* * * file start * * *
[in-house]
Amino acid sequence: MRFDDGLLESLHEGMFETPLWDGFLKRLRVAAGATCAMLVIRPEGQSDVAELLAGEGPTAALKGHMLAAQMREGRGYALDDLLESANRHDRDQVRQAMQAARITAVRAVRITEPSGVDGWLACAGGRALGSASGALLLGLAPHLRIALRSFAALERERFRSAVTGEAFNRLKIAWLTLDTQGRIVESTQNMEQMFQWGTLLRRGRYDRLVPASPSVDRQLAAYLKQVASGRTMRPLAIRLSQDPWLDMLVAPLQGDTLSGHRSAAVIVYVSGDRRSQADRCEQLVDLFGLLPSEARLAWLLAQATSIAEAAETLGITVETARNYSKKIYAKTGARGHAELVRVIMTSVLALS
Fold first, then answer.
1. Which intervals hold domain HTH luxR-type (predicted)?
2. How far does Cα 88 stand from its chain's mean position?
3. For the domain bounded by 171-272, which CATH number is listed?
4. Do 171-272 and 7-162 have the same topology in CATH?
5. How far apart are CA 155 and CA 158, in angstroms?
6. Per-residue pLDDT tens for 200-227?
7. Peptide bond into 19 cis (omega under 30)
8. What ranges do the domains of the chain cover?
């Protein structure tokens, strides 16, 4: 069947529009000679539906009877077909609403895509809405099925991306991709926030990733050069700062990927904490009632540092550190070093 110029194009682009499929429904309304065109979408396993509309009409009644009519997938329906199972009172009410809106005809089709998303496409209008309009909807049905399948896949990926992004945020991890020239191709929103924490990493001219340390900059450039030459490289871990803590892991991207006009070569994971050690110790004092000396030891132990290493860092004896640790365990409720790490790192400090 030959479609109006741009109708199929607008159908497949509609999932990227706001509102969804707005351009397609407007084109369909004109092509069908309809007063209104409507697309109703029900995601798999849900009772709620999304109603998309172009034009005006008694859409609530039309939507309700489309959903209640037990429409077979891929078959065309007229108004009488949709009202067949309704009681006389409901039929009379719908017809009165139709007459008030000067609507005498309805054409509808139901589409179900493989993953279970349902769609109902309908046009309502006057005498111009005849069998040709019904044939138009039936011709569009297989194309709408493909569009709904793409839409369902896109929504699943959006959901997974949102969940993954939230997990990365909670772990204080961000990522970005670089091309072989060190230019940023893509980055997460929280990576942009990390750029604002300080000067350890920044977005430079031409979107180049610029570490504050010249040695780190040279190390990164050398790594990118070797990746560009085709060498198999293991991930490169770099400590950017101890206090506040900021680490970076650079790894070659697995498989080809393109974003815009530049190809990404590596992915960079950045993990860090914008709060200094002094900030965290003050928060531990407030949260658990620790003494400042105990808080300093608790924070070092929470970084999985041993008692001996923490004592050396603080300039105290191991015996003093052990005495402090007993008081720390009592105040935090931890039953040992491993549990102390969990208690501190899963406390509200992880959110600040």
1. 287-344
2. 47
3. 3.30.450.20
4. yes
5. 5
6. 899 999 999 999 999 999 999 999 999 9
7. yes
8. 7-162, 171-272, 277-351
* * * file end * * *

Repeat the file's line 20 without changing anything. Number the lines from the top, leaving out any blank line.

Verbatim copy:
8. 7-162, 171-272, 277-351